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Old 12-08-2017, 03:00 PM
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Default Re: Winnie

Vet has switched Winnie to Vetsulin x2 a day now, beginning with 3 units morning and 3 units at night, she said we will probably up it to 4 units morning and night. Her blood sugar is running over 500 in the morning and only gets down to about 350 late in the day. She's having some diarrhea but I think it is her adjusting to the new food. She isn't vomiting and is playful but still drinks tons of water and soaks her wee-wee pads in the middle of the night.
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Old 12-08-2017, 03:51 PM
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Default Re: Winnie

Quote:
Originally Posted by Suzanne123 View Post
Vet has switched Winnie to Vetsulin x2 a day now, beginning with 3 units morning and 3 units at night, she said we will probably up it to 4 units morning and night. Her blood sugar is running over 500 in the morning and only gets down to about 350 late in the day. She's having some diarrhea but I think it is her adjusting to the new food. She isn't vomiting and is playful but still drinks tons of water and soaks her wee-wee pads in the middle of the night.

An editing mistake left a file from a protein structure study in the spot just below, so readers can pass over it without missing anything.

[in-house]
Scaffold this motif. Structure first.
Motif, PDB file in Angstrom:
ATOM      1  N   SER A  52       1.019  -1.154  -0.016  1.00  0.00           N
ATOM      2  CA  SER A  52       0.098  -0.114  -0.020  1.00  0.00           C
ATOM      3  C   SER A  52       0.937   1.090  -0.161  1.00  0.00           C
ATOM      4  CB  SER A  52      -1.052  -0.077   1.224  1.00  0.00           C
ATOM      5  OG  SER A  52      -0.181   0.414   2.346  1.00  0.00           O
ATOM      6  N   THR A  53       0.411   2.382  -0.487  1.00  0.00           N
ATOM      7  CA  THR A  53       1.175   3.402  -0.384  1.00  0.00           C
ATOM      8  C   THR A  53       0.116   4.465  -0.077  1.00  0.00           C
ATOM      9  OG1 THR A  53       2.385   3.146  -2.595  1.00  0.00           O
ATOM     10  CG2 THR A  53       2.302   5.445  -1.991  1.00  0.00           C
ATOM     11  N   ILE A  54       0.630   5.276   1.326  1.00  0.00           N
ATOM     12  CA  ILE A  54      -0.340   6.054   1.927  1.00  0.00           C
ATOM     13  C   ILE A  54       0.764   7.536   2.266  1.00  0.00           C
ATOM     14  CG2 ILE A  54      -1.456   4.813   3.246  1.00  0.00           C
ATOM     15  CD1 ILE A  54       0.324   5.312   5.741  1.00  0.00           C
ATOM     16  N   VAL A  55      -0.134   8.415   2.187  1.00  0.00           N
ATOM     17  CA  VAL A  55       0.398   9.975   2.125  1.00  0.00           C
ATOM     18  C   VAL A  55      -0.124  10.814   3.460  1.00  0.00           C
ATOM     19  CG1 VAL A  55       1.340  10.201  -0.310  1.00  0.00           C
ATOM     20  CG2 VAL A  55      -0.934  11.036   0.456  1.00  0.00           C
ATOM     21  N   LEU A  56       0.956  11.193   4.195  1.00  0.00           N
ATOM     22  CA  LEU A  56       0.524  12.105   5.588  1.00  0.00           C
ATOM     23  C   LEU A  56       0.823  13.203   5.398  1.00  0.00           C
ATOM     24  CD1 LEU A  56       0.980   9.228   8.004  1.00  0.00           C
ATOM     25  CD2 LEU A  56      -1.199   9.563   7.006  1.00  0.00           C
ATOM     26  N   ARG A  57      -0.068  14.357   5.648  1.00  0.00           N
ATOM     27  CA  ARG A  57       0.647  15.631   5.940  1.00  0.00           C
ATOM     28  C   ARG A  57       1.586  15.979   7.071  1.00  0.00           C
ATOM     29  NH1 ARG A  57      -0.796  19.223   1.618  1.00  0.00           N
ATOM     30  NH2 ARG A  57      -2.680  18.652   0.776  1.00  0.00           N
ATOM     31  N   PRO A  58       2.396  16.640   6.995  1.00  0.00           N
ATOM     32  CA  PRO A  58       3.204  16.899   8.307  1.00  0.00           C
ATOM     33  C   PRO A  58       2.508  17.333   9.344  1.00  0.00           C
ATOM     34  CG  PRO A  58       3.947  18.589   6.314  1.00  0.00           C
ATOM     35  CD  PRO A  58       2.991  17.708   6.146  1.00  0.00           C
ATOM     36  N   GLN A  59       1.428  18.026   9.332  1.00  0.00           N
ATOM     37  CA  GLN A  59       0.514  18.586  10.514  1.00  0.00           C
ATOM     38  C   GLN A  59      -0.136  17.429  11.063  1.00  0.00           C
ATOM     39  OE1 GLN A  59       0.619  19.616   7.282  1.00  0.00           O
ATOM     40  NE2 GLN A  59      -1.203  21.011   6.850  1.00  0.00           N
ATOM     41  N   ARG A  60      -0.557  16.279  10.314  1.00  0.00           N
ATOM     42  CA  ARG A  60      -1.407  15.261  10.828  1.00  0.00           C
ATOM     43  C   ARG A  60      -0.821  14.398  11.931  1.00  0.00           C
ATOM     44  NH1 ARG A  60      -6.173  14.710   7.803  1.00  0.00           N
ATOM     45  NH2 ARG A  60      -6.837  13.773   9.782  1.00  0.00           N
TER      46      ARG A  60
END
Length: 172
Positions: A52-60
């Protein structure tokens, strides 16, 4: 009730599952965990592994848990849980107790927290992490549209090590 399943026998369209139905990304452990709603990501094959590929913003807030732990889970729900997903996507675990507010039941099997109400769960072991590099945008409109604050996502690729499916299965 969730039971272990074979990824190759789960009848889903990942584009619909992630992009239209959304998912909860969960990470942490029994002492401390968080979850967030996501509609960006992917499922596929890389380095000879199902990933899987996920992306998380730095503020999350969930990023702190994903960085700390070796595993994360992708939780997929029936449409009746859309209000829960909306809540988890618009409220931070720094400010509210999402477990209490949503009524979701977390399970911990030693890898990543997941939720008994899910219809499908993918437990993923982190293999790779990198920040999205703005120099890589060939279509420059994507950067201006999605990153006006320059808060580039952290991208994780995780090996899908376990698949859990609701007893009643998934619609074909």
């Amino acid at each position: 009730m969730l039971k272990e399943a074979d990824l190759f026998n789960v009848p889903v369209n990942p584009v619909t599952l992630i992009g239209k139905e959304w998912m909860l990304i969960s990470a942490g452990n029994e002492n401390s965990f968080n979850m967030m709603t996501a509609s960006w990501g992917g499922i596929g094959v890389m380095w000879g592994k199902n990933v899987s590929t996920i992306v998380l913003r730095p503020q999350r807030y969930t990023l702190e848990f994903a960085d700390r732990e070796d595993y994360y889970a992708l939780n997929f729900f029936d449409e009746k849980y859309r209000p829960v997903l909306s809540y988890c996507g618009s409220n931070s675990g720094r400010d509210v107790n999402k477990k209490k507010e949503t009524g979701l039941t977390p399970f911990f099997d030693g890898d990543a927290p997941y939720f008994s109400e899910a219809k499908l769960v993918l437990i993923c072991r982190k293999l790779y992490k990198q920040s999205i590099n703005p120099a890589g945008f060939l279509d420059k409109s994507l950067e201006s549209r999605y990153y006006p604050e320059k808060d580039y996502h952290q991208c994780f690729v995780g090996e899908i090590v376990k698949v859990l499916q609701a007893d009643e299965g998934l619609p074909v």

Every dog / situation is different, but a general starting dosage (Vetsulin or Novolin-N) has been 0.2 units per pound (twice a day). So, many would start a 25 pound pup at around 5 units twice a day. I realize this is more than the Vetsulin website suggests, but seems to work better as a starting dosage.

Annie was 18-20 pounds when diagnosed and spent most of her diabetic life around 9 units. Again, every pup is different: food, activity, other medicines, etc. can make a difference.

Craig
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Annie was an 18 pound Lhasa Apso that crossed the rainbow bridge on 10-5-17. She was nearly 17 years old and diabetic for 9Ĺ years.

Last edited by CraigM; 12-08-2017 at 04:01 PM.
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Old 12-08-2017, 03:59 PM
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Default Re: Winnie

Oops, I forgot to ask the question that was on my mind. Are you using U-40 syringes, generally bought from your vet? Vetsulin is a U-40 insulin and needs the fairly special U-40 syringe for proper dosing.

U-40 syringes are different than the common U-100 syringes that most human style insulins use.

Craig
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Annie was an 18 pound Lhasa Apso that crossed the rainbow bridge on 10-5-17. She was nearly 17 years old and diabetic for 9Ĺ years.